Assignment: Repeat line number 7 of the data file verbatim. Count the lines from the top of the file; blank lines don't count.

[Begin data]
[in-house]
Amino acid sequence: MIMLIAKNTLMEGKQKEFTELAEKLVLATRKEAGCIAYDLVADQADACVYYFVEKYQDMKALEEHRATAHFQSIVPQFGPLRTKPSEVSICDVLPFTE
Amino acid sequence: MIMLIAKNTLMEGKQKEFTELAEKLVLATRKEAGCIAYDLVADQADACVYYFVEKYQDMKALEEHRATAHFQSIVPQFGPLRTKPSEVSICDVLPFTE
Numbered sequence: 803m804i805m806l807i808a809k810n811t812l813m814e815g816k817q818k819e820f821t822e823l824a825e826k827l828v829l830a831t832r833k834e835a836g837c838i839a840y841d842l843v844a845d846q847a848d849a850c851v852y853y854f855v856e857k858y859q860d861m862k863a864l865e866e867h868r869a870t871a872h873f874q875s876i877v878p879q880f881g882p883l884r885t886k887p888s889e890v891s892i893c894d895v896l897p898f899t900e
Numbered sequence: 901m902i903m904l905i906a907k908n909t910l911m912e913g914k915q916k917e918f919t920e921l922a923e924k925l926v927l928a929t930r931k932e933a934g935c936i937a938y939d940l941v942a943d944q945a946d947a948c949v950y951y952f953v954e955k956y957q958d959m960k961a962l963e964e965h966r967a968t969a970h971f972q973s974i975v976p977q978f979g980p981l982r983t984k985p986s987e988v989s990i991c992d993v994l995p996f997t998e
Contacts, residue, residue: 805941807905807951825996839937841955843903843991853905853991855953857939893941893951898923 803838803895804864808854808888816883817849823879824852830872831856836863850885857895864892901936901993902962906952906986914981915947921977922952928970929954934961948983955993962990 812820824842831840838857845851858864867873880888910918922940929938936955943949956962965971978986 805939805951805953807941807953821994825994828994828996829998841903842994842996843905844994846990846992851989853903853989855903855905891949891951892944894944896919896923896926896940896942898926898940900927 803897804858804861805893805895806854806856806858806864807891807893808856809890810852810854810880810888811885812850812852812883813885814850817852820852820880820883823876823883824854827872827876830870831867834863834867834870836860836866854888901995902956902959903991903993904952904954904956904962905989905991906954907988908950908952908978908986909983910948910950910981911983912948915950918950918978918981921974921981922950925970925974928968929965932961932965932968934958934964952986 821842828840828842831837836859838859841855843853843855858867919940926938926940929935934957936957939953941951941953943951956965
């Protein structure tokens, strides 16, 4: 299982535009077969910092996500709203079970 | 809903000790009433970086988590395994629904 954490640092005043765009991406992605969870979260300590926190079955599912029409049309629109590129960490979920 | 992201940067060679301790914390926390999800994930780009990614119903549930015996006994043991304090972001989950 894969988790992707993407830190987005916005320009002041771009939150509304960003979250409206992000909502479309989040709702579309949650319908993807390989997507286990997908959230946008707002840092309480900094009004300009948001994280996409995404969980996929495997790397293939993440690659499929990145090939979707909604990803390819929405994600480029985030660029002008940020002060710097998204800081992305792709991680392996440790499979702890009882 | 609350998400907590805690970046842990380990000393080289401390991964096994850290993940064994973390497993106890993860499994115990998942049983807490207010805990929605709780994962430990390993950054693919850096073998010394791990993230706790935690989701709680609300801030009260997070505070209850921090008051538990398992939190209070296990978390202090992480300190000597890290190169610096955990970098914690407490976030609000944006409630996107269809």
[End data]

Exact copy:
């Protein structure tokens, strides 16, 4: 299982535009077969910092996500709203079970 | 809903000790009433970086988590395994629904 954490640092005043765009991406992605969870979260300590926190079955599912029409049309629109590129960490979920 | 992201940067060679301790914390926390999800994930780009990614119903549930015996006994043991304090972001989950 894969988790992707993407830190987005916005320009002041771009939150509304960003979250409206992000909502479309989040709702579309949650319908993807390989997507286990997908959230946008707002840092309480900094009004300009948001994280996409995404969980996929495997790397293939993440690659499929990145090939979707909604990803390819929405994600480029985030660029002008940020002060710097998204800081992305792709991680392996440790499979702890009882 | 609350998400907590805690970046842990380990000393080289401390991964096994850290993940064994973390497993106890993860499994115990998942049983807490207010805990929605709780994962430990390993950054693919850096073998010394791990993230706790935690989701709680609300801030009260997070505070209850921090008051538990398992939190209070296990978390202090992480300190000597890290190169610096955990970098914690407490976030609000944006409630996107269809």